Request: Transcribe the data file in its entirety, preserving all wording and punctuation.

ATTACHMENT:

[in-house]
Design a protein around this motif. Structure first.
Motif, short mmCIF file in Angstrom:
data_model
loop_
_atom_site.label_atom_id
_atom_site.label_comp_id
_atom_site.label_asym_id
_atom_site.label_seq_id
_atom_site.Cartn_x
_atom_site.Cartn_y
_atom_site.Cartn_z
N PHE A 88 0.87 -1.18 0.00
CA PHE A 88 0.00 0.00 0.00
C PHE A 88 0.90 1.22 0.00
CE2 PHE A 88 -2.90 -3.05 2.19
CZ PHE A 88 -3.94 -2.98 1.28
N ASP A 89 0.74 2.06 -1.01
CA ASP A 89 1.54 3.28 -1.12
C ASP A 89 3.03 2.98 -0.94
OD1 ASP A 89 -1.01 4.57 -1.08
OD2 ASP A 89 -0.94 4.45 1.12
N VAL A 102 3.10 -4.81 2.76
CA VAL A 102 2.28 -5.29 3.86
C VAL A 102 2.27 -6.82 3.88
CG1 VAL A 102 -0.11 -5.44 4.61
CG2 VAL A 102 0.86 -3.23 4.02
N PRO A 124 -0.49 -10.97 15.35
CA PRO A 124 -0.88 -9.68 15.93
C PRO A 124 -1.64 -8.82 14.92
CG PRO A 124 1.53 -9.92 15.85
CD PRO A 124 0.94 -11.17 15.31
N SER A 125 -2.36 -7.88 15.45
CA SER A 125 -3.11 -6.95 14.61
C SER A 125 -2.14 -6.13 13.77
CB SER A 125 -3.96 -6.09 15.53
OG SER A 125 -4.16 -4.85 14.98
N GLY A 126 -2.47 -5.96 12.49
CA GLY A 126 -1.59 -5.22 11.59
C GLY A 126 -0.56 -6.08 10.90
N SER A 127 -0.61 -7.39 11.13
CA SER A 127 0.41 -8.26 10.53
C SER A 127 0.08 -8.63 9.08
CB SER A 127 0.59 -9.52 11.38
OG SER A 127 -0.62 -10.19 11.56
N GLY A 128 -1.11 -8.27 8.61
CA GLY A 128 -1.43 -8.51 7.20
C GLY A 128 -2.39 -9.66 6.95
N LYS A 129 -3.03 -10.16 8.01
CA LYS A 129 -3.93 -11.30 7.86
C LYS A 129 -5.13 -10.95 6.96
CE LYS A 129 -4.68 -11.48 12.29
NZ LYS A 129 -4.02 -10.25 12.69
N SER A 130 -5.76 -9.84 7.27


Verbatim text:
[in-house]
Design a protein around this motif. Structure first.
Motif, short mmCIF file in Angstrom:
data_model
loop_
_atom_site.label_atom_id
_atom_site.label_comp_id
_atom_site.label_asym_id
_atom_site.label_seq_id
_atom_site.Cartn_x
_atom_site.Cartn_y
_atom_site.Cartn_z
N PHE A 88 0.87 -1.18 0.00
CA PHE A 88 0.00 0.00 0.00
C PHE A 88 0.90 1.22 0.00
CE2 PHE A 88 -2.90 -3.05 2.19
CZ PHE A 88 -3.94 -2.98 1.28
N ASP A 89 0.74 2.06 -1.01
CA ASP A 89 1.54 3.28 -1.12
C ASP A 89 3.03 2.98 -0.94
OD1 ASP A 89 -1.01 4.57 -1.08
OD2 ASP A 89 -0.94 4.45 1.12
N VAL A 102 3.10 -4.81 2.76
CA VAL A 102 2.28 -5.29 3.86
C VAL A 102 2.27 -6.82 3.88
CG1 VAL A 102 -0.11 -5.44 4.61
CG2 VAL A 102 0.86 -3.23 4.02
N PRO A 124 -0.49 -10.97 15.35
CA PRO A 124 -0.88 -9.68 15.93
C PRO A 124 -1.64 -8.82 14.92
CG PRO A 124 1.53 -9.92 15.85
CD PRO A 124 0.94 -11.17 15.31
N SER A 125 -2.36 -7.88 15.45
CA SER A 125 -3.11 -6.95 14.61
C SER A 125 -2.14 -6.13 13.77
CB SER A 125 -3.96 -6.09 15.53
OG SER A 125 -4.16 -4.85 14.98
N GLY A 126 -2.47 -5.96 12.49
CA GLY A 126 -1.59 -5.22 11.59
C GLY A 126 -0.56 -6.08 10.90
N SER A 127 -0.61 -7.39 11.13
CA SER A 127 0.41 -8.26 10.53
C SER A 127 0.08 -8.63 9.08
CB SER A 127 0.59 -9.52 11.38
OG SER A 127 -0.62 -10.19 11.56
N GLY A 128 -1.11 -8.27 8.61
CA GLY A 128 -1.43 -8.51 7.20
C GLY A 128 -2.39 -9.66 6.95
N LYS A 129 -3.03 -10.16 8.01
CA LYS A 129 -3.93 -11.30 7.86
C LYS A 129 -5.13 -10.95 6.96
CE LYS A 129 -4.68 -11.48 12.29
NZ LYS A 129 -4.02 -10.25 12.69
N SER A 130 -5.76 -9.84 7.27